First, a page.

Molecular Biology Final Exam - spring 1998

ALL EXAMS ARE DUE AT 5 pm on MAY 8, 1998.

I will be out of town all day May 8 so do not wait until Friday to ask questions.

There is no time limit on this test. You may find it easier to take this test over several days, though if you are confident in your molecular skills, you could wait until May 7. However, I predict it will take many of you a bit longer to think of all the answers (just some friendly advice). You are not allowed to use your notes, the WWW, any books or journals, nor are you allowed to discuss the test with anyone until all exams are turned in at 5 pm on MAY 8, 1998. You may use a calculator, a ruler. The answers to the questions must be typed, though you may want to supplement your text with hand drawn figures (write neatly for any labels in your figures).

Please do not write your name on any page other than this cover page.
Staple all your pages (INCLUDING THE TEST PAGES) together when finished with the exam.
Name (please print):

Write out the full pledge and sign:

How long did this exam take you to complete (excluding typing)?


Questions based on figures from page A
8 pts.
1) Use the photo of the agarose gel and the graph paper provided here to calculate the molecular weight of the two bands in lane A as marked. Notice the molecular weights on the left side of 1.6, 1.0, 0.51, 0.40, 0.34, and 0.30 kb. You must draw a correct graph to get credit. Write your answers here:

Top band = ____
640 bp_____

Bottom band = ____
450 bp______

8 pts.

2) Look at figure 2C and 2D. tk is a weak promoter and SV40 is the 3' UT portion that allows the CAT mRNA to be spliced and processed properly.
a) What is Oct-4? What is 6W?
Oct 4 is a transcription factor. 6W is an enhancer.
b) What do we learn about the location of 6W?
This enhancer can be placed upstream of the promoter tk or downstream and it is almost equally effective in either location. Transcription works better when Oct4 is present.

6 pts.
3) Look at Figure 3 A - F. In E and F we see the plasmids used in this experiment. p6WtkCAT is the reporter plasmid from figure 2. pE1A is a piece of the Adenovirus that encodes the E1A protein. pCMV-Oct4 plasmid uses a strong viral promoter (CMV) to drive the expression of Oct4.
a) What do we learn about Oct-4 and E1A as demonstrated by these CAT assays (A-D)?
There is an optimum ratio of E1A and Oct4 that must be present for the 6W enhancer to work properly. We see that as the amount of E1A is decreased, the optimum amount of Oct4 also must be decreased in order to maximize CAT expression. However, Oct4 cannot be a repressor directly or else the lanes with zero Oct4 would always have the greatest expression.
b) Why do you think panel A looks so funny?
It is smiling at us. As we saw in lab, gels (or in this case TLCs) do not always run in a straight line, no matter how much we think they should.

Questions based on figures from page B
16 pts.

4) Figures 2 - 4 deal with the Drosophila gene oskar (osk ). Look at all 3 figures before you answer any questions. These should be short answers.
a) When is osk transcribed in Drosophila (assume the positive control was positive for figure 2)?
This appears to be a maternal transcript, therefore it is transcribed when the egg is being made in the mother (see female and ovary lanes).
b) What role does osk play in Drosophila development?
.Given its localization to the posterior part of the early embryo, it seems likely that osk is involved in the development of posterior body parts of the embryo.
c) Briefly describe the localization of osk in wt embryos as shown in figure 4A - C. Stage 5 is at about 2.5 hrs while stages 2 and 3 are in the 0 - 2 hrs time period.
.There must be osk mRNA in all three embryos since in figure 2, we see that the mRNA is present through the first 5-8 hours. osk mRNA is located in the posterior most portion of the embryo in the region that will be come pole cells (germline cells). By 2.5 hours, the mRNA must be dispursed enough to be undetectable in one location suggesting that it might move into more anterior cells later in development.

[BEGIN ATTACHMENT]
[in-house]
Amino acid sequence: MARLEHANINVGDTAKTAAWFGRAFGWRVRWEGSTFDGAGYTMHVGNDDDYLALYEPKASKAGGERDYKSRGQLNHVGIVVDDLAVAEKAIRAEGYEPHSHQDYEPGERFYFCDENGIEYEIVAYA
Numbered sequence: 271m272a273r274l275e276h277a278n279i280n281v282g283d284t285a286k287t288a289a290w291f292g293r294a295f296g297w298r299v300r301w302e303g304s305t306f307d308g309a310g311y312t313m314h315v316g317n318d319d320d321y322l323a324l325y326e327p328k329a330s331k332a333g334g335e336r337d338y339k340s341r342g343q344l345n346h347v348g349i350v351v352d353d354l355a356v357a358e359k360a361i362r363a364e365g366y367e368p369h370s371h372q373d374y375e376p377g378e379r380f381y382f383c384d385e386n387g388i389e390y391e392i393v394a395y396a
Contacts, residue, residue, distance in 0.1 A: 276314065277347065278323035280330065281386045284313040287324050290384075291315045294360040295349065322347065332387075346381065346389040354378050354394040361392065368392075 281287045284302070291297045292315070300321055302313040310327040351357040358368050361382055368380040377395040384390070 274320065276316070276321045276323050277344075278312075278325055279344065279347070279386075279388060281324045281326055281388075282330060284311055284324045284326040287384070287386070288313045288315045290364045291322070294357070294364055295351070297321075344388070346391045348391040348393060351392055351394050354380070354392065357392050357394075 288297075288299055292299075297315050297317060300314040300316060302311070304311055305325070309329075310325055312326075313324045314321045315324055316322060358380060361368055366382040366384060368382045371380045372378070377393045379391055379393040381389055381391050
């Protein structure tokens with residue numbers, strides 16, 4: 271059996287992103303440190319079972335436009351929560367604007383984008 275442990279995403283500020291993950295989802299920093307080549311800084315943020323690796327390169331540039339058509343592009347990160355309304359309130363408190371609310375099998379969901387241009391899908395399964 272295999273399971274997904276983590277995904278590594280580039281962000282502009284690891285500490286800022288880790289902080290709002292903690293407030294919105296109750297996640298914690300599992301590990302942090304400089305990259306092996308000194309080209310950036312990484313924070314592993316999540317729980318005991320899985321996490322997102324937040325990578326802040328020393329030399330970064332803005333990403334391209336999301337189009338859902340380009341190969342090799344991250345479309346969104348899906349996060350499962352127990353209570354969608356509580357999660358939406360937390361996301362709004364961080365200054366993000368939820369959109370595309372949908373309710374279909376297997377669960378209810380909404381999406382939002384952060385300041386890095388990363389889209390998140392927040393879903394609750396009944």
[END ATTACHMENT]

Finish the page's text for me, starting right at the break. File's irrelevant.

d) What would you predict the phenotype to be for figure 3 if this shows an in situ hybridization for osk of a stage 3 embryo?
I would predict a bicaudal (two tails) phenotype which would be lethal.

8 pts.
5) What can you tell me about this epitope tag?
In this figure we learn that the epitope must be about 10 or 11 amino acids long in order for the mAb P5D4 to bind. We also learn that both the amino terminal protion and the carboxyl portion are important in binding, though the carboxyl protion is not absolutely required. We can see this since the rt construct does allow the mAb to bind, but not as well as the 11 mer construct (assuming equal amounts of protein loaded as appears to be the case with the a-P4 antiserum.

Questions based on figures from page C
6 pts.

6) Interpret these results from figure 4. PAB II is not a polymerase.

PAB II appears to enhance the rate of reaction of the polyadenylation by the poly(A) polymerase. As we can see in panel B, the amount of polyadenylation from 4 - 20 minutes is substantially greater than in panel A. We also note that in panel A, the rate of polyadenylation is linear with time while in B, there seems to be an exponential increase in activity after two minutes.

Questions based on figures from page D
8 pts.

7) Figures 2, 3 and the abstract are all related. What aspects of these two blots indicates the mutant genotypes? Notice that figures 2 and 3 are different kinds of blots so there might be more than one answer to this question.
We notice that in figure 2, those who have Charcot-Marie-Tooth disease (CMTD) have 3 bands and one of them is allele A (panel A) or allele E (panel B). wt individuals do have additional "shadow bands", but they are not correlated with the phenotype.
In figure 3, we are looking for the intensity of bands rather than allelic migration differences. The duplication appers in individual 302 (the mother) as an AB locus duplication and also carries a wt A allele. The children of this couple who have CMTD all have an A and a B band but have also inherited an extra B allele from their father.

10 pts.
8) Figure 4 shows the results of an experiment where we are monitoring a truncated protein called SC which is a mutant form of a plasma membrane receptor but it has had its transmembrane portion deleted. This mutant protein has about 800 amino acids while the full-length would have had about 1000 amino acids. WT means that of the remaining 800 amino acids, the sequence is wild type, while 669t has an amino acid substitution at position 669, and